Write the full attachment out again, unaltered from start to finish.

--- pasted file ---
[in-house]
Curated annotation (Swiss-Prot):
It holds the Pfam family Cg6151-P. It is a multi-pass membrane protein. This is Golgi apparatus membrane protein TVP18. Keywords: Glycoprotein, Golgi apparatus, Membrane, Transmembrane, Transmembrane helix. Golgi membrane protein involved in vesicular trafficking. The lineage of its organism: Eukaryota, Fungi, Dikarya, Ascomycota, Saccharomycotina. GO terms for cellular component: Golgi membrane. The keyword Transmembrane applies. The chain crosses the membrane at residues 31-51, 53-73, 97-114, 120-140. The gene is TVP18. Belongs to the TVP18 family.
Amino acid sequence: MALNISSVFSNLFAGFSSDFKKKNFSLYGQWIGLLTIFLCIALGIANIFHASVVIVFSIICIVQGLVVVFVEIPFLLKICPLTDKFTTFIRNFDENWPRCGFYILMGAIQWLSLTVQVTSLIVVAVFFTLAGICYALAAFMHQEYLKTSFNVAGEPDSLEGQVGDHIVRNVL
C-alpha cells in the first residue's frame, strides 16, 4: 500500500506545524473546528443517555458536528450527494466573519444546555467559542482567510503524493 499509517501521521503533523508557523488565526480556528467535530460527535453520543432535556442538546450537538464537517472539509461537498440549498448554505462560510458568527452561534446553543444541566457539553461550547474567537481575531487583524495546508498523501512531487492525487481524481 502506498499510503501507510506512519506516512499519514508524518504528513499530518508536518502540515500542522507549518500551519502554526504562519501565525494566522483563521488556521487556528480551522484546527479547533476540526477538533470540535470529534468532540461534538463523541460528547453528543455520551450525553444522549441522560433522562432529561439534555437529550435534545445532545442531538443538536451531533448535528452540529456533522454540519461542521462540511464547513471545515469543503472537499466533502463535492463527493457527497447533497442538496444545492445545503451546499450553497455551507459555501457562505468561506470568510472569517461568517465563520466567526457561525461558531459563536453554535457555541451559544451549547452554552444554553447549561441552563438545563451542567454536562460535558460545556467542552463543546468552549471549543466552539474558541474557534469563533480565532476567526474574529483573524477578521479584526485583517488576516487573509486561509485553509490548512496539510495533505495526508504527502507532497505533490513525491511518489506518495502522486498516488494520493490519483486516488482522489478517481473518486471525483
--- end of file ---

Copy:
[in-house]
Curated annotation (Swiss-Prot):
It holds the Pfam family Cg6151-P. It is a multi-pass membrane protein. This is Golgi apparatus membrane protein TVP18. Keywords: Glycoprotein, Golgi apparatus, Membrane, Transmembrane, Transmembrane helix. Golgi membrane protein involved in vesicular trafficking. The lineage of its organism: Eukaryota, Fungi, Dikarya, Ascomycota, Saccharomycotina. GO terms for cellular component: Golgi membrane. The keyword Transmembrane applies. The chain crosses the membrane at residues 31-51, 53-73, 97-114, 120-140. The gene is TVP18. Belongs to the TVP18 family.
Amino acid sequence: MALNISSVFSNLFAGFSSDFKKKNFSLYGQWIGLLTIFLCIALGIANIFHASVVIVFSIICIVQGLVVVFVEIPFLLKICPLTDKFTTFIRNFDENWPRCGFYILMGAIQWLSLTVQVTSLIVVAVFFTLAGICYALAAFMHQEYLKTSFNVAGEPDSLEGQVGDHIVRNVL
C-alpha cells in the first residue's frame, strides 16, 4: 500500500506545524473546528443517555458536528450527494466573519444546555467559542482567510503524493 499509517501521521503533523508557523488565526480556528467535530460527535453520543432535556442538546450537538464537517472539509461537498440549498448554505462560510458568527452561534446553543444541566457539553461550547474567537481575531487583524495546508498523501512531487492525487481524481 502506498499510503501507510506512519506516512499519514508524518504528513499530518508536518502540515500542522507549518500551519502554526504562519501565525494566522483563521488556521487556528480551522484546527479547533476540526477538533470540535470529534468532540461534538463523541460528547453528543455520551450525553444522549441522560433522562432529561439534555437529550435534545445532545442531538443538536451531533448535528452540529456533522454540519461542521462540511464547513471545515469543503472537499466533502463535492463527493457527497447533497442538496444545492445545503451546499450553497455551507459555501457562505468561506470568510472569517461568517465563520466567526457561525461558531459563536453554535457555541451559544451549547452554552444554553447549561441552563438545563451542567454536562460535558460545556467542552463543546468552549471549543466552539474558541474557534469563533480565532476567526474574529483573524477578521479584526485583517488576516487573509486561509485553509490548512496539510495533505495526508504527502507532497505533490513525491511518489506518495502522486498516488494520493490519483486516488482522489478517481473518486471525483